BY RUTH KINGSLAND
As a finale to a month of events to honor Camp Lewis’ 100th anniversary at Joint Base Lewis-McChord, the Lewis Army Museum reopened its doors with a ceremony and ribbon-cutting event Aug. 31 after an extensive, yearlong renovation.
“Today is the day — for the last couple weeks, we’ve been talking about the history of Camp Lewis and JBLM in the process,” said Col. Nicole Lucas, JBLM garrison commander, as she spoke at the reopening of the museum.
The event followed a dedication ceremony outside the museum unveiling a plaque dedicating the Boulevard of Remembrance — a 6-mile-strip of Interstate 5 from Mounts Road to Lakewood that honors World War I service members.
“This is another way to celebrate the rich history of JBLM,” Lucas said after she assisted with the plaque dedication. “It’s a way to highlight our ties to the community and how involved the community is.”
“It’s really neat to put something permanent here,” she said of the large commemorative plaque that shares the story of the more than 500 trees initially planted in 1929 in memory of service members of the Great War.
The Washington State Department of Transportation officially began posting new Boulevard of Remembrance signs along the interstate in November. Within the next few years, a stand of memorial trees will be planted near the commemorative sign by the museum.
Washington State Representative Dick Muri, of the 28th District, thanked community members at the ceremony for their help in completing the current Boulevard of Remembrance project, including 92-year-old, Charlotte “Polly” Medlock, who spearheaded the project. Medlock and her husband, Robert, 94, an Army Air Corps veteran, first got Muri involved two years ago. The Medlock couple had pushed for finishing the project since the 1980s.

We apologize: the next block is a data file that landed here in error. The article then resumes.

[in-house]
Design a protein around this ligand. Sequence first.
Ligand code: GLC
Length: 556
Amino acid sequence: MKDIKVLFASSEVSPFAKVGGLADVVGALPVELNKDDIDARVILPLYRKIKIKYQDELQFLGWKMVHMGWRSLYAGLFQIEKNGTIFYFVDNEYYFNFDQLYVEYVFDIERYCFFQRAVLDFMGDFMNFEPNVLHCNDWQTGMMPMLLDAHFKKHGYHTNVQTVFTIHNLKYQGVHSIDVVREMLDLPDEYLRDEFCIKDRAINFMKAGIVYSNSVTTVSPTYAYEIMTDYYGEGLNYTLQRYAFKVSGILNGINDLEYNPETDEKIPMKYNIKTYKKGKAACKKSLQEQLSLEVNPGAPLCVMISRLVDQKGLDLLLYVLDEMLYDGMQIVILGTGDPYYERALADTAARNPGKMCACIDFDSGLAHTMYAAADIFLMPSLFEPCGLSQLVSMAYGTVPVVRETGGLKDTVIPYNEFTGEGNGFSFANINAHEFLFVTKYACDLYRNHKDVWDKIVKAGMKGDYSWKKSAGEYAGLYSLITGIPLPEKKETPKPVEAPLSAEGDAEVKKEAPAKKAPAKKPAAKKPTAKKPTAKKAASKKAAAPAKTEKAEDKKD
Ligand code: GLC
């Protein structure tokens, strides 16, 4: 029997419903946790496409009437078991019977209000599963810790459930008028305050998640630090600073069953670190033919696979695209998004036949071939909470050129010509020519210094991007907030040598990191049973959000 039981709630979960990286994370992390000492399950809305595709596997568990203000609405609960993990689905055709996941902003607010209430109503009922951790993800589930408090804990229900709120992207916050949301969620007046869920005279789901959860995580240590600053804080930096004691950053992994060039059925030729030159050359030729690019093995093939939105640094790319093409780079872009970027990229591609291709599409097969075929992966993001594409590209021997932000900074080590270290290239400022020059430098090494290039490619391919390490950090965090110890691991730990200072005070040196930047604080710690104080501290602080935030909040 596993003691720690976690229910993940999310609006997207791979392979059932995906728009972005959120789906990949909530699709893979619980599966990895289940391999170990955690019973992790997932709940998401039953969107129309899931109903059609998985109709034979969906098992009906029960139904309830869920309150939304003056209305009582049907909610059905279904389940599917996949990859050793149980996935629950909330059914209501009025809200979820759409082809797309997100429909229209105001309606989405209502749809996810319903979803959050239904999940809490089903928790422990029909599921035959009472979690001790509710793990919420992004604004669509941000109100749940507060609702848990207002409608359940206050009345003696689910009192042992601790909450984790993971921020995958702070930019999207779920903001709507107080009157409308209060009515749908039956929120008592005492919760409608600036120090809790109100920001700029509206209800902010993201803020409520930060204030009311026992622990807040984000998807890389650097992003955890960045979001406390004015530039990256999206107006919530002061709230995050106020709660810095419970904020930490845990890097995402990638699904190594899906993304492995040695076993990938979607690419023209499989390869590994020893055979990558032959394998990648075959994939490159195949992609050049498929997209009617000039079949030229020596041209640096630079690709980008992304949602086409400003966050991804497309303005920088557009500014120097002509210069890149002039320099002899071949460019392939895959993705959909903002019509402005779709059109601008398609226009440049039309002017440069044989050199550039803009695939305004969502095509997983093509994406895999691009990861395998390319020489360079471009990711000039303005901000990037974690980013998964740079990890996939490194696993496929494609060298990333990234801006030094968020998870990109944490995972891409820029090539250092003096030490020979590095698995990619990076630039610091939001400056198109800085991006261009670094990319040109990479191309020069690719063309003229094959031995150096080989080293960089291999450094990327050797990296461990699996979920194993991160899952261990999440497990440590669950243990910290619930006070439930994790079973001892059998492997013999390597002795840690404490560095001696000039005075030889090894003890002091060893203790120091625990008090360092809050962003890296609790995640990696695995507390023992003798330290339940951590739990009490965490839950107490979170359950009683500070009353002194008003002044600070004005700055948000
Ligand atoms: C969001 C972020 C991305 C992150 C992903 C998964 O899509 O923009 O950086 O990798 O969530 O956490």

Polly Medlock attended the event Aug. 31 and said she enjoyed seeing the plaque dedicated and the project completed.
“Now my husband and I can start taking care of each other and work on staying alive,” she said.
Two members of the American Legion Doughboy Memorial Post No. 138 in University Place also participated in the event wearing World War I Doughboy uniforms.
Navy Vietnam-era veteran Mike Batnick and his friend, Army Vietnam veteran Lew Foster, both said they were honored to be part of the ceremony and represent their battle buddies.
“This is honoring our forebearers and those who set the pattern for us,” Batnick said. “It’s always an honor to serve and support in their place.”
More than 100 people attended the plaque dedication and museum opening, followed by the sealing of a time capsule of historic items, which will be kept on display at the museum. It’s planned to be opened in 100 years — in 2117.
“This is an extraordinary event with countless community members involved,” said Erik Flint, director of the Lewis Army Museum. “And it has taken an extraordinary effort to get to this day.”
There are 56 museums within the Army and 750,000 military artifacts in those museums, according to guest speaker, Ginger King Shaw, strategic planner, U.S. Army Center of Military History in Washington, D.C. Many of those artifacts are important in educating the public, she said.
Lucas also stressed the importance of remembering history in her speech.
“We need to remember our World War I and World War II veterans and all they did,” she said. “This is a piece of our history, and we need to remember — because if we don’t remember history, we may lose it.”